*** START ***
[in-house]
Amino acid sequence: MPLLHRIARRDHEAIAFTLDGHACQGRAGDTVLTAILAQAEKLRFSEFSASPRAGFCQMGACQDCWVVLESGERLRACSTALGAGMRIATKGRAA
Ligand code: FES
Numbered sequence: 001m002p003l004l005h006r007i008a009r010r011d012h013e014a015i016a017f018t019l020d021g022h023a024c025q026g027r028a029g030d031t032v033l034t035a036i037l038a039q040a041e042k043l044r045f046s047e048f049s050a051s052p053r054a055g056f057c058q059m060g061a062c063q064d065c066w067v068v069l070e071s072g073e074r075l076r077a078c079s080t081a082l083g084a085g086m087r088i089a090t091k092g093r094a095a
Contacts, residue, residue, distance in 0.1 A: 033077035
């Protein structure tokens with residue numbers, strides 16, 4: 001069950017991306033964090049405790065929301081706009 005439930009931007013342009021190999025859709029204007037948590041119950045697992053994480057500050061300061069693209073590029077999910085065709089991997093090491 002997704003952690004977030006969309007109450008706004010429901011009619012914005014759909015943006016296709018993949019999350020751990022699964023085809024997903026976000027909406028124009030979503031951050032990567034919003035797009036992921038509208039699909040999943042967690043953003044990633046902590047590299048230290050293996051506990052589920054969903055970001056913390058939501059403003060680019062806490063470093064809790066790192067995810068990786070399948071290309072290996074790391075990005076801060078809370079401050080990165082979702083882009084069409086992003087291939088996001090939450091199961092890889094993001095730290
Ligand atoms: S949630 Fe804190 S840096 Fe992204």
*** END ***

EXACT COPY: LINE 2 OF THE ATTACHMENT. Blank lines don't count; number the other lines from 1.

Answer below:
Amino acid sequence: MPLLHRIARRDHEAIAFTLDGHACQGRAGDTVLTAILAQAEKLRFSEFSASPRAGFCQMGACQDCWVVLESGERLRACSTALGAGMRIATKGRAA